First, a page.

We also have a monitoring system that allows us to check the temperature of our RV while away from home. We can’t turn on or adjust our A/C or heat remotely, but we can tell if there’s a problem. We make it a habit not to be more than an hour’s drive from home. We know some people use only their cipher locks and not the deadbolt when they leave their RV, so they can call a manager if there’s an issue and give them the code. We’re not quite there yet. We prefer to use our deadbolt as well as our cipher lock, but it’s an option. At this point, we’re more willing to have damage to our RV in favor of a secure home and safe pets. If you have a newer RV, you may be able to control your A/C or heat remotely. That’s really helpful if you have pets you need to leave at home while you’re out and about.
There are a few things we probably would change in hindsight…
The cats didn’t travel well in carriers in a car. In fact, Callie was a good escape artist and just wanted to be on top of her carrier so she could see. We thought this meant they needed to be free to roam and so chose the Class A. We realize now that they would probably be less stressed in a truck (less earthquake) if we gave them space in the back. We envision a quad cab with a box and blanket on the floor, and carriers on the seats (buckled in). I know. I used to work for a vet and dogs and cats free to roam and be all over the driver is not good. We’d try to find a way to separate the back from the front, so they can’t get to the driver. They may not like that, but we think it’d still be better than the Class A quaking and shaking. A 5th wheel may be in our future (which was our second choice when we first started looking.)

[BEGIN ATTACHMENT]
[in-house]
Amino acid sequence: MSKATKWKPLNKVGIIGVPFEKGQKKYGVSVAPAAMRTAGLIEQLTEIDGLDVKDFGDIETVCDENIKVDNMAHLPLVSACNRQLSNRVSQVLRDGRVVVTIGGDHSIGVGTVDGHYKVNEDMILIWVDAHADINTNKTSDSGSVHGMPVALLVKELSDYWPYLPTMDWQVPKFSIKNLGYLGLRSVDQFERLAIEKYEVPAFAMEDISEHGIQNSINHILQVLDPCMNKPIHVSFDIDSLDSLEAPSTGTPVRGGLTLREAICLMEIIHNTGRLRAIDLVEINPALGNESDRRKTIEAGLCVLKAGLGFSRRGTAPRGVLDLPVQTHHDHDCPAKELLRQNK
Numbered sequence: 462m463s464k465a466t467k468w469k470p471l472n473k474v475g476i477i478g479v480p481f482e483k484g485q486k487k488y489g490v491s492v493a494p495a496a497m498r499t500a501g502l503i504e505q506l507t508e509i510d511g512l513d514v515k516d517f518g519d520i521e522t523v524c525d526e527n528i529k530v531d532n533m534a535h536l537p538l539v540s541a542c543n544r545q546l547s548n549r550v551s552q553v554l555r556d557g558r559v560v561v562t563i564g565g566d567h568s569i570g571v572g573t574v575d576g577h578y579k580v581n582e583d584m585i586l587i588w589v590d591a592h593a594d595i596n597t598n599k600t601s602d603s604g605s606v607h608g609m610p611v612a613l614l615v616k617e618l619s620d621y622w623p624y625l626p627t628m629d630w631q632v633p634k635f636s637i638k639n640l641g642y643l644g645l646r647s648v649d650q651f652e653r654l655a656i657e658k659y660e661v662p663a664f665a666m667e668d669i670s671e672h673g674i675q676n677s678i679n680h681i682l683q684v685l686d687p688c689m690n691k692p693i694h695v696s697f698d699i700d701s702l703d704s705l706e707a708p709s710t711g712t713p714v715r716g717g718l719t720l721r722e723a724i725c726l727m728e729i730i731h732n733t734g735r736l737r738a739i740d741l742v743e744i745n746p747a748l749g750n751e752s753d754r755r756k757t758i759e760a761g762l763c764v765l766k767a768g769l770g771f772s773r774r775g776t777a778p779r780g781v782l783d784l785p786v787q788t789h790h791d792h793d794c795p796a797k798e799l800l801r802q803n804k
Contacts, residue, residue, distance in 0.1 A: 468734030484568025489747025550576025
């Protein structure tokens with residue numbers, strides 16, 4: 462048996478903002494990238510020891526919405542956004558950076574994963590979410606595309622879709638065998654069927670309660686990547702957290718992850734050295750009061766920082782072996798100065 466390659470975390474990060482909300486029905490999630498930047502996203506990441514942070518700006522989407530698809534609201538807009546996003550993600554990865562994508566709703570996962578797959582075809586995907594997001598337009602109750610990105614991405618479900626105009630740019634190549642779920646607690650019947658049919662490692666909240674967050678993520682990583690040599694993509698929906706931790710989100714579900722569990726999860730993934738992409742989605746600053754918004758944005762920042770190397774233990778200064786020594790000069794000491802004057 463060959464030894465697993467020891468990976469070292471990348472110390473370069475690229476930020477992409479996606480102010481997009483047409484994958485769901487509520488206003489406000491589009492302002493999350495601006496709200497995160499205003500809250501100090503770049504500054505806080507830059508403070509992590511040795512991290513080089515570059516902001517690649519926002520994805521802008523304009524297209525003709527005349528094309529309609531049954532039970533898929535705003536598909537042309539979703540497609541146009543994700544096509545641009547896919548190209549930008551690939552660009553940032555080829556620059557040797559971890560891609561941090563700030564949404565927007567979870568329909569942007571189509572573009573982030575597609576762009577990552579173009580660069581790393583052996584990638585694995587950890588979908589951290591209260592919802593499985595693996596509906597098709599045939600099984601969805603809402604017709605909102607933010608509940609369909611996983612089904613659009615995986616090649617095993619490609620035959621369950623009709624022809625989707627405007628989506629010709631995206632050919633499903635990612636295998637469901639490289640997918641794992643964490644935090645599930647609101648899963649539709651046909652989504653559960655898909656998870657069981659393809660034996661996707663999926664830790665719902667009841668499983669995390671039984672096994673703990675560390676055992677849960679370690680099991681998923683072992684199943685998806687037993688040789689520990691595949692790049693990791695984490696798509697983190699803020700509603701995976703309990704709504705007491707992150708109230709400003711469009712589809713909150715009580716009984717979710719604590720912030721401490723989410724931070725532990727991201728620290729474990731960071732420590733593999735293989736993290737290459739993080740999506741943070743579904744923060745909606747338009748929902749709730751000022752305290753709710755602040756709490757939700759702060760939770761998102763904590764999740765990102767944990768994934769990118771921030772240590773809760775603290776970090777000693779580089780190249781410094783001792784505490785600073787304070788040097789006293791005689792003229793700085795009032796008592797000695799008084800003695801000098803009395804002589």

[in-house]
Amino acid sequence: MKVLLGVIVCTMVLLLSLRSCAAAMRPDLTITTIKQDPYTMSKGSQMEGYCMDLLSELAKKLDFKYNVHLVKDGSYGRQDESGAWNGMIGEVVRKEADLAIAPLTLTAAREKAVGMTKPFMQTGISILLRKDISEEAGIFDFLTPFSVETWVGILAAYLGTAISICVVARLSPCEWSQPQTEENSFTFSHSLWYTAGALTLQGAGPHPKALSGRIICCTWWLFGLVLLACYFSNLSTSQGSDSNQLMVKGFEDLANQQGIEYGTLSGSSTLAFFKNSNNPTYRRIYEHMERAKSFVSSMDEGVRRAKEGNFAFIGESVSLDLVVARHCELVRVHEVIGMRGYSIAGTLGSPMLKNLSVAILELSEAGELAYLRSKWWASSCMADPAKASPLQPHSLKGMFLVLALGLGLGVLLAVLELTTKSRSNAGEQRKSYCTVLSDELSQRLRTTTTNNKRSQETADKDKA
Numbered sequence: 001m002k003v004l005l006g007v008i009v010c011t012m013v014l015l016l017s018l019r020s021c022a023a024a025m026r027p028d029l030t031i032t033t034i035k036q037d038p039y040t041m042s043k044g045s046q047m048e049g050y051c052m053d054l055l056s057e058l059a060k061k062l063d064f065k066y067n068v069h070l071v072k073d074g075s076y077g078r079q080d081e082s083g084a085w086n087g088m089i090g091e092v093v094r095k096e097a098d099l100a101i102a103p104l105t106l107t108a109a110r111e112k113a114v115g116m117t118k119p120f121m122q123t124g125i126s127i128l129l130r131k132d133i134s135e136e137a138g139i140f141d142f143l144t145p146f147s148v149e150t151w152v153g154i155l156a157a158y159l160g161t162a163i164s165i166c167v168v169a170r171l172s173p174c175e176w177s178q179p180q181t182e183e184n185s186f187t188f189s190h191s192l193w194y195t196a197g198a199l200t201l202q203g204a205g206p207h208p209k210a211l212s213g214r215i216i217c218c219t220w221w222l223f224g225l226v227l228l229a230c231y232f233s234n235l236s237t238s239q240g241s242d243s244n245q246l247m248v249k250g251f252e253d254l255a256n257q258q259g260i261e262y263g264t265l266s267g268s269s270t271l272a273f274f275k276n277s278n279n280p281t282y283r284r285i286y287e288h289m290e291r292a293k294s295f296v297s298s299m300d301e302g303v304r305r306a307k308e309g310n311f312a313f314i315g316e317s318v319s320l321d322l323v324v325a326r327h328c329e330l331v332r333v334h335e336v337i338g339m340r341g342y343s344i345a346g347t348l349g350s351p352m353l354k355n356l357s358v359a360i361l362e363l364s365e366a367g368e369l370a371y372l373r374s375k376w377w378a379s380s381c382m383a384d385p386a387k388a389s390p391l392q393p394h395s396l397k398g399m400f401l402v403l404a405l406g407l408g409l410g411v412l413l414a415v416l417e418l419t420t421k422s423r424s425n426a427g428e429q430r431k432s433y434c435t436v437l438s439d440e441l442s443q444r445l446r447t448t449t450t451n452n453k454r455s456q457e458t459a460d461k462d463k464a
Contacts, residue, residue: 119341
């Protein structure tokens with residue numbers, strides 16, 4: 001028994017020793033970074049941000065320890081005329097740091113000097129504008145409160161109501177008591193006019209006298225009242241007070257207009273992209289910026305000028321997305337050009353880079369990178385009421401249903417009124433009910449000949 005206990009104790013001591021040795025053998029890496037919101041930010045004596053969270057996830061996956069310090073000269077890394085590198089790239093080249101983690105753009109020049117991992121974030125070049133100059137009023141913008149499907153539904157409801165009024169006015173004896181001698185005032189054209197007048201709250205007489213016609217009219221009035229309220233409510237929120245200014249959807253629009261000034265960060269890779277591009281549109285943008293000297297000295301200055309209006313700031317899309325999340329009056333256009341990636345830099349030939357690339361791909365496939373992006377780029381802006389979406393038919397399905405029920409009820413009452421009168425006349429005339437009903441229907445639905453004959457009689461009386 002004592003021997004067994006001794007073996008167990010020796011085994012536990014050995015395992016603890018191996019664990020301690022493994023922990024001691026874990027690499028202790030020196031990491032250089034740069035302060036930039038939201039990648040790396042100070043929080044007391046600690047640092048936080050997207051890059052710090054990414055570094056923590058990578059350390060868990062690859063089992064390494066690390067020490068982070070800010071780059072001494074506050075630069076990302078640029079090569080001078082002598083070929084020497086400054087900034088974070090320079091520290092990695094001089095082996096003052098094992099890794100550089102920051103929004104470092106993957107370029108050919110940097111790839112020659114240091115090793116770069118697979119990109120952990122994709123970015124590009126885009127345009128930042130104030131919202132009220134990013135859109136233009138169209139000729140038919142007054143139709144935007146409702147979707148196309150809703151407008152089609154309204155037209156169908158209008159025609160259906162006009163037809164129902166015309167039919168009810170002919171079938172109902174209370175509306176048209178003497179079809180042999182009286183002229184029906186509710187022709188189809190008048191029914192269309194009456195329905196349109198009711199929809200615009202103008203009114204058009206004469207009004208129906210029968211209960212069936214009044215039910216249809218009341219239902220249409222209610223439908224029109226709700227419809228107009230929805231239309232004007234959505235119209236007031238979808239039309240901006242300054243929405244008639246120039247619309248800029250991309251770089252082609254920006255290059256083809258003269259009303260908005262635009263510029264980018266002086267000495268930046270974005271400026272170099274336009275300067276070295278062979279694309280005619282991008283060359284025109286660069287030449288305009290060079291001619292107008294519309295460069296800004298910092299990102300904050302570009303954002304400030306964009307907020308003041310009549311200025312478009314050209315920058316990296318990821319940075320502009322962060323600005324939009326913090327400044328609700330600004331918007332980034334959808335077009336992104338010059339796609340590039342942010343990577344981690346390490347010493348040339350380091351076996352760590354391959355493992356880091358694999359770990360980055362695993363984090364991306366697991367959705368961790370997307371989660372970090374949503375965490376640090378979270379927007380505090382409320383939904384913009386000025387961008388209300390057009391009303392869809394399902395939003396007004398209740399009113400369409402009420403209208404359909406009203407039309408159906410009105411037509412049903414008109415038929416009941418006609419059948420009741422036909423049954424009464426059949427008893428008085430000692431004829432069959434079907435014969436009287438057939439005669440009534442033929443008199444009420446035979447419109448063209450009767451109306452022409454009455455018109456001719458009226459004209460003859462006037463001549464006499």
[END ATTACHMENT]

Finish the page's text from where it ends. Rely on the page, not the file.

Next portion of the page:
We may have moved the cats into the RV after we parked at our first campground. This is hard though. What’s worse? Letting them think the RV is ‘safe’ and doesn’t move, then driving two hours their first time or driving 30 minutes and getting it out of the way their first day? I can’t really say at this point. I still lean toward the short drive, but maybe the other would have been better.
I definitely would have gotten the homeopathic travel drops before our first drive day. We did use feline Rescue Remedy, but it didn’t seem to help.
Skinny cats might be able to get on top of your slides while they’re pulled in by jumping off of the cockpit chairs. Yep. Coyote has spent time investigating the tops of our slides. We roll up the Reflectix we use on the windows for hot days and place it in the space when the slides are in. There’s also a hole leading to the inside of our bed slide when it’s in. Brian built a wood baffle for that space as well. We place it in front of the hole as soon as we start pulling in the slide.
The underside of the dash, in the driver area, leads to a great hiding spot. Callie found it. She crawled up and into the dash. Thank goodness, the dash top screws off and Brian was able to lift her out before she caused any damage to herself or all the electronics. That under-dash area is now covered with corrugated plastic.
If you’re planning to RV with cats, ask yourselves a lot of questions about how they’ll thrive in your potential RV, check every nook and cranny – with your slides in and out – and close off places that might be dangerous. Figure out ways to make them feel safe and comfortable while you’re parked and while you’re moving, and have a way to monitor your home to ensure they’re okay when you’re not there.
Want a additional perspective on RVing with pets? We collaborated with other RVers on a video about traveling with our pets!
Thanks for reading, friends! Be groovy and remember to live your journey…